Parshat Terumah begins the Torah’s extended discussion of the construction of the Tabernacle (Mishkan). Many of the materials required for its construction were not readily available in the desert and the commentators offer many explanations of how B’nei Yisrael acquired the dolphin skins, yarns, oils, precious metals, etc. for this task. One of the most common materials was acacia wood (atzei shitm) used to form the planks, boards, poles and vessels of the Mishkan.
Twice, Rashi cites a Midrash which asks how B’nei Yisrael acquired acacia wood in the desert. The Midrash answers that when Jacob went to Egypt to reunite with Joseph, he saw through prophecy that his descendants would one day build a Tabernacle in the desert. Jacob brought trees and planted them in Egypt so the wood would be ready for his descendants when they needed it. Thus, the trees of the Tabernacle were due to the foresight of Jacob. While this teaches a beautiful lesson about planting for the future, the story of the acacia wood does not end here.
The Torah notes that on his way to Egypt, Jacob stopped in Be’er Sheva to offer sacrifices to God (Genesis 46:1). The Midrash (Breishit Rabbah 94:4) explains that Jacob had another reason for stopping in Be’er Sheva — previously, Abraham had planted an eshel in Be’er Sheva (Genesis 21:33). The meaning of the word eshel is unclear, and the commentators offer many suggestions including: an orchard of fruit trees with which to feed guests; an inn to host travelers; an orchard of trees where Avraham would pray; the word is an acronym for ochel, shetiya, leviah — food drink and escort. Avraham taught that to properly welcome guests requires these three things.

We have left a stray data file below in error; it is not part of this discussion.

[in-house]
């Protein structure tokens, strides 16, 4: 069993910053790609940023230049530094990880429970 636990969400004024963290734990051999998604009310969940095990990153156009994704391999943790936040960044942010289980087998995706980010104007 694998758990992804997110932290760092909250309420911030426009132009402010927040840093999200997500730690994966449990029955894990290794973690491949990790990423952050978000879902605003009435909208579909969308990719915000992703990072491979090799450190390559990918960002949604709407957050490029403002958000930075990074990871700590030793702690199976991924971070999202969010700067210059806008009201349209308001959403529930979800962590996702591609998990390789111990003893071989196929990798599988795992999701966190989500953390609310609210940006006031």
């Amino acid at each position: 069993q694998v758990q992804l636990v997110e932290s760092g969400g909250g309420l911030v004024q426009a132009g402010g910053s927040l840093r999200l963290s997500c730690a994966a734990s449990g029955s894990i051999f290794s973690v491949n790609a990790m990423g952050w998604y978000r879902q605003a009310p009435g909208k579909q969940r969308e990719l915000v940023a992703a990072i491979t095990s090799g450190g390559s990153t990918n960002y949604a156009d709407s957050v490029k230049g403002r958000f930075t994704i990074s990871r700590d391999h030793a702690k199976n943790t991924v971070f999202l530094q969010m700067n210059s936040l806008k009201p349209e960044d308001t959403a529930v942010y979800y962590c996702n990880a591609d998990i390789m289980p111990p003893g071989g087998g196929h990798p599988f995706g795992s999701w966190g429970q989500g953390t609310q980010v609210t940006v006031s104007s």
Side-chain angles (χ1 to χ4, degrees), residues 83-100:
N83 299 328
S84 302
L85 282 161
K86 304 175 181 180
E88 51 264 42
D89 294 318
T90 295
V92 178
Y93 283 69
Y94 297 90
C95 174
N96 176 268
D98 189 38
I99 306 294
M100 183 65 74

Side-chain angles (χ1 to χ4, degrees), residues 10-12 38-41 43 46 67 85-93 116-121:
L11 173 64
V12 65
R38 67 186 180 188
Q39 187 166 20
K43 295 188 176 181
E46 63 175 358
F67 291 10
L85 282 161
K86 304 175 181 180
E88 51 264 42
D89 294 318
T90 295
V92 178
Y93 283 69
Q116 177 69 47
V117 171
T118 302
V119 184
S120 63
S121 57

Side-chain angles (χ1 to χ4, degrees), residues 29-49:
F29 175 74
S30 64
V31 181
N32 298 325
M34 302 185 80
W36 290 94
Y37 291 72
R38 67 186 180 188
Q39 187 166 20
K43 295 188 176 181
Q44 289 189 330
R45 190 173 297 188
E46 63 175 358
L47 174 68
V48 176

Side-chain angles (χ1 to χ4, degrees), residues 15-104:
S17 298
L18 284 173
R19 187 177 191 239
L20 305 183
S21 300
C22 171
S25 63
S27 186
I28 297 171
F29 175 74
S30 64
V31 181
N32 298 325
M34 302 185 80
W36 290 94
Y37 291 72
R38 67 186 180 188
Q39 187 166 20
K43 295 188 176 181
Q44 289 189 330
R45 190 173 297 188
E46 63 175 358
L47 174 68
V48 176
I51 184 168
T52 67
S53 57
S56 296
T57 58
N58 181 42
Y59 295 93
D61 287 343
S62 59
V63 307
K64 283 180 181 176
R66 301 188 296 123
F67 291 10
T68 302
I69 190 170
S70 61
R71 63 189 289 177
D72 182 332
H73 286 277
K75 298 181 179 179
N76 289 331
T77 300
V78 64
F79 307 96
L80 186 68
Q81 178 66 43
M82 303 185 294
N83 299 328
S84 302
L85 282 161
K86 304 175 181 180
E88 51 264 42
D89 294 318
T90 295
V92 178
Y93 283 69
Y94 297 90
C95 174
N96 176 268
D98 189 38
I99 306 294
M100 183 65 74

Whatever the exact meaning of the word eshel, clearly the Midrash wants to connect the trees prepared by Jacob for the construction of the Mishkan with the eshel planted by Abraham. While this creates a powerful historical connection, it also emphasizes that the same values stressed by Abraham — hachnasat orchim (welcoming guests) — are integral to the Mishkan as well. In the eyes of our sages, a Mishkan in which Hashem dwells among the Jewish people is possible only if it is built with a commitment to the values and lessons instilled by Abraham.
Though we no longer have a physical Mishkan, the lesson rings true as we participate in and build our own community. We must combine our commitment to ritual worship with a passion and commitment to interpersonal relationships and service.
Rabbi Elliot Kaplowitz is the spiritual leader at Congregation Netivot Shalom.